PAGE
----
5 ways to succeed at BYOD

No, it's not a party invite: how to let successfully allow employees bring their own device to work

To say that mobile devices are firmly ensconced in the medical landscape is an understatement at best. Still, the conversation rages on about the proper place for smartphones, tablets and laptops. One element to this discussion is the role of BYOD. This sounds like something that should be on a party invitation, but it stands for "Bring Your Own Device," and it is a practice common in many industries where employees use their personal mobile devices in the workplace. BYOD can be cost-effective and time-saving in many settings, but the security and stability required by medical applications pose many tough questions for any healthcare organization pondering this option. Brent Lang, president and COO of Vocera, suggests some touchstones of a smart BYOD policy.

1. Have a strategy. The best way to meet the many trials of BYOD head on, Lang says, is to define what the boundaries of policy will be, and what issues they may encounter. Because mobile devices are a reality, and because they will be used, Lang says that hospitals need to "create a strategy around multiple devices, don't just take a passive role around that." Lang notes that in addition to the way that communications technology has changed over time, so have the layout and ways that hospitals operate. "Clearly, mobility is a huge movement within the healthcare environment," Lang says, pointing out that hospitals are moving away from the "classic hub and spoke" design, and that hospitals stand to lose money and efficiency by not adapting to the newer ways that personnel move and operate.

2. Understand the real costs. Welcoming mobile devices in to the workplace provides a remarkable amount of functionality in a convenient form factor. When (almost) everyone has a smartphone, it may seem like a more cost-effective option to rely on an employees personal devices instead of buying them outright. Lang says that the issue is a little more nuanced than that. BYOD entails a lot of work on the network side, and providing a stable and secure arena that all of those heterogeneous devices can get along and thrive in may entail more of a payout than imagined. "The increase in IT costs associated with managing those divides both from a content and security perspective, getting them on the network, the whole HIPAA security piece ... there's going to be an increased cost," Lang says.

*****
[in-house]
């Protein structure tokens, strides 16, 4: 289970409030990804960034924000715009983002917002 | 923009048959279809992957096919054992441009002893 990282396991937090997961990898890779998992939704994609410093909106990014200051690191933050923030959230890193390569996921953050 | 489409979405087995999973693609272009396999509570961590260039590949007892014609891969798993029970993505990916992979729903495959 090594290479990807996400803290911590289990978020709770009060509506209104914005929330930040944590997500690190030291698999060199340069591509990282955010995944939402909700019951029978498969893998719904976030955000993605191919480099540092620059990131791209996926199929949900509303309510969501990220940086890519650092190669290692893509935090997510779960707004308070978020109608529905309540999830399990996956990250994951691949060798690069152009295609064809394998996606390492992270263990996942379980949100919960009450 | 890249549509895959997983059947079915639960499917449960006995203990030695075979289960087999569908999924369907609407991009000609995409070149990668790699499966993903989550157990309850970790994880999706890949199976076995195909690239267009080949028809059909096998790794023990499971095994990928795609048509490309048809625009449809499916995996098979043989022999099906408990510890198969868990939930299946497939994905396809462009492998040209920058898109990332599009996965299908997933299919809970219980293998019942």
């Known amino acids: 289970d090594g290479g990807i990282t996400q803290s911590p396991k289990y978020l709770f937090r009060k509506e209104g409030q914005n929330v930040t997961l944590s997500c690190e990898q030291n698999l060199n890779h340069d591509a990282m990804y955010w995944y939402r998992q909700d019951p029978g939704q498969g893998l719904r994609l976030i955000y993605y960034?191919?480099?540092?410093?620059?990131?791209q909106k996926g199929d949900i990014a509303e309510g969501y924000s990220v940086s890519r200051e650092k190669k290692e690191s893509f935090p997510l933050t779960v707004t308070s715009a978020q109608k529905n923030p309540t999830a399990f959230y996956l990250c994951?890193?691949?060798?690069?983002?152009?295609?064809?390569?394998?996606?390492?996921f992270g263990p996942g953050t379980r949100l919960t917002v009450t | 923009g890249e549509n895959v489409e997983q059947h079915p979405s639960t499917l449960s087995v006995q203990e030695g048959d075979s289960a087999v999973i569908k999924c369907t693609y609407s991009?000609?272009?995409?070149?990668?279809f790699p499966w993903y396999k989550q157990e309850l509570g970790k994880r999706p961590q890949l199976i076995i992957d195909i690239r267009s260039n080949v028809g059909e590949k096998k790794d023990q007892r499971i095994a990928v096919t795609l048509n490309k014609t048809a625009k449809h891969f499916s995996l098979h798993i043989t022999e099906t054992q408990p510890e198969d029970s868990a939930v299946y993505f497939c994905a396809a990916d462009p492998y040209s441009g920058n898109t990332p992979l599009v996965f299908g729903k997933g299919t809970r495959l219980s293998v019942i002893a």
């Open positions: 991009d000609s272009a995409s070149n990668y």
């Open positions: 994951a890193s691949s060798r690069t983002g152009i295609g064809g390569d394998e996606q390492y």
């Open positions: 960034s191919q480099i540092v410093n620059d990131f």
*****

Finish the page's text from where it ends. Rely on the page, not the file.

3. Work out reimbursement. Another aspect to consider is the thorny issue of reimbursement. "Employees may expect some reimbursement," on anything from the device itself to the plan that feeds it with data, says Lang. He says that in some cases reimbursement is justified, and in others it is not. "If there's an expectation in an organization that you're going to always reachable and accessible as part of a critical workflow, then the organization is going to provide that device," he says. Lang also makes the point that when an organization relies on mobile devices, they can't rely on BYOD as an absolute. "You can't expect something to work if you're relying on BYOD," he says.

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